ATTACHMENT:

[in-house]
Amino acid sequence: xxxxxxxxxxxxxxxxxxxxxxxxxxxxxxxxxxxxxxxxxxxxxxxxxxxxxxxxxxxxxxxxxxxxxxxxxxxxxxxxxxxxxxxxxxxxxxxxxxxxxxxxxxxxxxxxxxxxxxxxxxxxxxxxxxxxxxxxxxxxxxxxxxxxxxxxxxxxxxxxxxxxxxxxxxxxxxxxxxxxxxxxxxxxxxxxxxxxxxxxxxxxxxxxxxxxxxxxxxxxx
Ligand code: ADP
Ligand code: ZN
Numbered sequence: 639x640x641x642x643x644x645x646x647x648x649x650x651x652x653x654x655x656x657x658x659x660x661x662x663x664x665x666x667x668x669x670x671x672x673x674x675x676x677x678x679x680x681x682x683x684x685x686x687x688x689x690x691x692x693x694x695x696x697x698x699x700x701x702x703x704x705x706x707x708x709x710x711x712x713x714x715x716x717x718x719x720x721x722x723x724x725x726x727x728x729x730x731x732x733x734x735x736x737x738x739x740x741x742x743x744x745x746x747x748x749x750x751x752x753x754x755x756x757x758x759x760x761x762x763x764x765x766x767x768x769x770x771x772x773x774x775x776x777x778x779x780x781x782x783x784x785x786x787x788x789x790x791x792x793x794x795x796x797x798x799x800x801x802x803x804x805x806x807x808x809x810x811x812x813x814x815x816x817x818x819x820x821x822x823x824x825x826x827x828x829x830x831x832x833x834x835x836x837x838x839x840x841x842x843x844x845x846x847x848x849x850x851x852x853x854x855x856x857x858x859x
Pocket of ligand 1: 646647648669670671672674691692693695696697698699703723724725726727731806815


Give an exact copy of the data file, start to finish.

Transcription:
[in-house]
Amino acid sequence: xxxxxxxxxxxxxxxxxxxxxxxxxxxxxxxxxxxxxxxxxxxxxxxxxxxxxxxxxxxxxxxxxxxxxxxxxxxxxxxxxxxxxxxxxxxxxxxxxxxxxxxxxxxxxxxxxxxxxxxxxxxxxxxxxxxxxxxxxxxxxxxxxxxxxxxxxxxxxxxxxxxxxxxxxxxxxxxxxxxxxxxxxxxxxxxxxxxxxxxxxxxxxxxxxxxxxxxxxxxxx
Ligand code: ADP
Ligand code: ZN
Numbered sequence: 639x640x641x642x643x644x645x646x647x648x649x650x651x652x653x654x655x656x657x658x659x660x661x662x663x664x665x666x667x668x669x670x671x672x673x674x675x676x677x678x679x680x681x682x683x684x685x686x687x688x689x690x691x692x693x694x695x696x697x698x699x700x701x702x703x704x705x706x707x708x709x710x711x712x713x714x715x716x717x718x719x720x721x722x723x724x725x726x727x728x729x730x731x732x733x734x735x736x737x738x739x740x741x742x743x744x745x746x747x748x749x750x751x752x753x754x755x756x757x758x759x760x761x762x763x764x765x766x767x768x769x770x771x772x773x774x775x776x777x778x779x780x781x782x783x784x785x786x787x788x789x790x791x792x793x794x795x796x797x798x799x800x801x802x803x804x805x806x807x808x809x810x811x812x813x814x815x816x817x818x819x820x821x822x823x824x825x826x827x828x829x830x831x832x833x834x835x836x837x838x839x840x841x842x843x844x845x846x847x848x849x850x851x852x853x854x855x856x857x858x859x
Pocket of ligand 1: 646647648669670671672674691692693695696697698699703723724725726727731806815